Wednesday, March 24, 2010

I officially have a senior dog: The Results.

Good news: Oreo has gorgeous hips and knees. His anterior cruciate ligaments (ACL's) are spectacularly solid for a 10 year old as well.

He is also (obviously) Heart Worm and Lyme disease negative.

Not so good news: He has Lumbo-Sacral Stenosis with narrowing of the disc space and sclerosis (arthritis) of the end plates. This means that the disc has either been compacted or was never there and the result is that the last vertebra of his spine before his sacrum has become arthritic. This is also where the sciatic nerve branches off the spinal column and goes to the legs.

There is also bridging spondylosis of the L-S space and the cranial lumbar spaces. Meaning that bone is starting to develop between the two vertebra in order to stabilize the spine. Dr H is not worried about the thoracic bridging so much as he is in regards to the build up around the sacrum.

The disc space between L4/5 and 6 is also narrowed.

What all this means. He is on 50mg of Rimadyl 2x daily, this is a common arthritis medication. He is not far enough advanced to warrant surgery. We are going to see how much this helps him out and go from there.

I will say that the staff there are superb, and Dr H was pleasantly surprised that I knew where all the bits and pieces were, as in I could tell immediately that his hips and knees were clean. When it was time for the vet tech to get him the poor puppy growled at the girl when she opened the door. She came to see if I could get him to come out. He was wedged in the back corner of his kennel shaking in a huddled, pitiful ball. For all the pain he caused me last Thursday when he bit me, and as much as I swore at him, I would have rather he had bit me again than to see him like that.

I officially have a senior dog.

Dogs, especially large breeds, are considered seniors at 7. My Oreo turned 10 in October. However, the events of the past month have really pointed out that I truly do have a senior dog in my midst.

Quick catch up, Oreo is my rescued, 10 year old, 61.6# (today), Aussie mix blue speckled male. We have had him for a year as of the 8th of March, though we officially adopted him on veteran's day...fitting as his previous owners were USAF and we are USN.

About a month ago, Oreo showed some sensitivity in his hips, the vet recommended that we do a "wait and see" as he was still running, getting on the furniture, playing, and being his general self.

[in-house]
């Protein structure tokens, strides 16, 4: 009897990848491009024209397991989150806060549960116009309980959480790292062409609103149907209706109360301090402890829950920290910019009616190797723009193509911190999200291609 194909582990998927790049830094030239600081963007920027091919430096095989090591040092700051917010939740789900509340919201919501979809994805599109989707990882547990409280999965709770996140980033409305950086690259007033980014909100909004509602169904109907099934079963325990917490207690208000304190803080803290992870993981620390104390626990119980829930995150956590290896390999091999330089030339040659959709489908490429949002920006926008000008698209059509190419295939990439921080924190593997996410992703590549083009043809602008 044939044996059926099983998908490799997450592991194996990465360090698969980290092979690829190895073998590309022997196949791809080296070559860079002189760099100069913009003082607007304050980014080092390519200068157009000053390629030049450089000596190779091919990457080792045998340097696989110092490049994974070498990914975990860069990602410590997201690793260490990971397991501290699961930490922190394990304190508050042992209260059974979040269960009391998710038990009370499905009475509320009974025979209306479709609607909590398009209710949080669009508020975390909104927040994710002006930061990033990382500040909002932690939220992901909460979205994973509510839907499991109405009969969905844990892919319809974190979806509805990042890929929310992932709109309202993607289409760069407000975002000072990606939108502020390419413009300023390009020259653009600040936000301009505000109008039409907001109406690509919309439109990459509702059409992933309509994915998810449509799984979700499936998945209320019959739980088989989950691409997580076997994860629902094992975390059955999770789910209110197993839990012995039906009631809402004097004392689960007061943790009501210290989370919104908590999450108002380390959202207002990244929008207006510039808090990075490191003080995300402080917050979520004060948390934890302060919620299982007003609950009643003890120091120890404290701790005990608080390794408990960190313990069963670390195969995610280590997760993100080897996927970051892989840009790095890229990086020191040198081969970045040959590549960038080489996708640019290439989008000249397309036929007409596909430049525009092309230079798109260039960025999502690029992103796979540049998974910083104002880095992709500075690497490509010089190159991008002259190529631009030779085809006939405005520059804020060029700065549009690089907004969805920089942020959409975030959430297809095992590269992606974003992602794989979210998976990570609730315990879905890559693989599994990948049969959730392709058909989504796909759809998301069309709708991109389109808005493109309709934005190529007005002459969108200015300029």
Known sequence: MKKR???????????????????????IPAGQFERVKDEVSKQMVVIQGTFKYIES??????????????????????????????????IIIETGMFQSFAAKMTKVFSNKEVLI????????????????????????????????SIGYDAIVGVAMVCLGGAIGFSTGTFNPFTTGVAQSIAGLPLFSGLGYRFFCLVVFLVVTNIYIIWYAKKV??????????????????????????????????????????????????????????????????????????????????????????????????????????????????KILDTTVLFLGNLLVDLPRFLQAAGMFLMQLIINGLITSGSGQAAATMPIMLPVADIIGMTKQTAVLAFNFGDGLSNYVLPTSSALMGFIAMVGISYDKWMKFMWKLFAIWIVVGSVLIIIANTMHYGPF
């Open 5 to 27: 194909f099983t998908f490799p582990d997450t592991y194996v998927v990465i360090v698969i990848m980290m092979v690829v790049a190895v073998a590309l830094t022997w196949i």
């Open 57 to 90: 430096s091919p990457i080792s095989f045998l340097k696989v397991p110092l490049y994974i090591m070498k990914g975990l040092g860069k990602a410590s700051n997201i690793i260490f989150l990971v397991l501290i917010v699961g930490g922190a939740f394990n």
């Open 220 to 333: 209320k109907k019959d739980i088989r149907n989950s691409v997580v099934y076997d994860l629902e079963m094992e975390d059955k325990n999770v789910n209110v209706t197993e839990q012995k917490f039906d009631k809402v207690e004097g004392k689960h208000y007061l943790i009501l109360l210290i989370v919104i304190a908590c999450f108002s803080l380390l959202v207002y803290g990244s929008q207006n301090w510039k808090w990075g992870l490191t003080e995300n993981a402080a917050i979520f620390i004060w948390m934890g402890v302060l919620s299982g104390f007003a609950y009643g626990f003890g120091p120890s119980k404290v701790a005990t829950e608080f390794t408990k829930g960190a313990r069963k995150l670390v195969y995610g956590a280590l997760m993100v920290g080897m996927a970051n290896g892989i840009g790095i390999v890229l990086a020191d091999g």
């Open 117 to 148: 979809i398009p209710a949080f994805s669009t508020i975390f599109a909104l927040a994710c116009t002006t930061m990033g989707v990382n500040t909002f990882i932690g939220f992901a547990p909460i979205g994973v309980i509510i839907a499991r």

Last week due to food obsession correction he bit my arm. Anyone that knows rescue and dog behavior knows that a dog doesn't bite for no reason, and it isn't the dogs fault if he bit you. My doctor said I had some of the most colorful bruises he has seen in a very long time, because Oreo clenched his jaws more than once I have a series of them that have wrapped around 2/3rds of my arm, I named the one on my inner arm "Fudgie the Whale". Any New Englander will get that reference. So a vet appointment was made.

Today I took him in to see Dr Harrington, a vet that has been taking care of my families pets for years. This is the man that stayed open late so my sister could come in and have her 15 year old cat put down when it was found that cancer had nearly taken over his whole body at the Emergency Vet.

He mentioned things that I had noticed, but never having had an older dog didn't noticed as red flags. For instance, Oreo automatically sat when Dr H got near his hips and he has narrow hips and should have more muscle tone there. I had noticed that he would sit instead of receive his butt scratch he also isn't a fan of having his haunches brushed out. As he has always had the big chest/little butt I never noticed that.

So I had to leave the love bug at the vet's office. They will be sedating him, taking a full course of blood work (thyroid, cancer, glucose, etc) from him and x-raying his hips, pelvis and abdomen. The bonus is that they will also be clipping his nails which he is not a fan of either.

I get to pick him up later this afternoon and see all his scans and hear the verdict. Joy.

Friday, March 19, 2010

Cocheco Valley Humane Society Rabies Clinic March 27th Dover, NH

Rabies Clinic

March 27 - 10 AM- 2 PM

$12 for 1 year Vaccine
$15 for 3 year Vaccine
(proof of prior rabies is required in the
form of a rabies certificate)
$35 Microchip

Thank you do Dr. Benedetta Sarno from V.E.S.H.
for volunteering her time!

Please, bring dogs on leashes and cats in carriers!
At this time, we are able to vaccinate dogs and cats only,
no ferrets please!

"Rabies is a threat to our companion animals as well as ourselves. It is a disease caused by a virus found in the saliva of infected animals. The most common carriers of rabies are infected bats, raccoons, foxes, skunks, dogs and cats.

Transmitted to pets and humans by bites, or possibly by contamination of an open cut, treatment to an infected person is critical. Untreated, rabies causes a painful death.

In cooperation with local veterinary partners, CVHS conducts low-cost rabies clinics throughout the year. These clinics help raise awareness and make the cost of the vaccine affordable."

Cocheco Valley Humane Society

Strafford County Complex, 262 County Farm Road, Dover, NH 03820

(603) 749-5322 Fax: (603) 749-3484


Click here for directions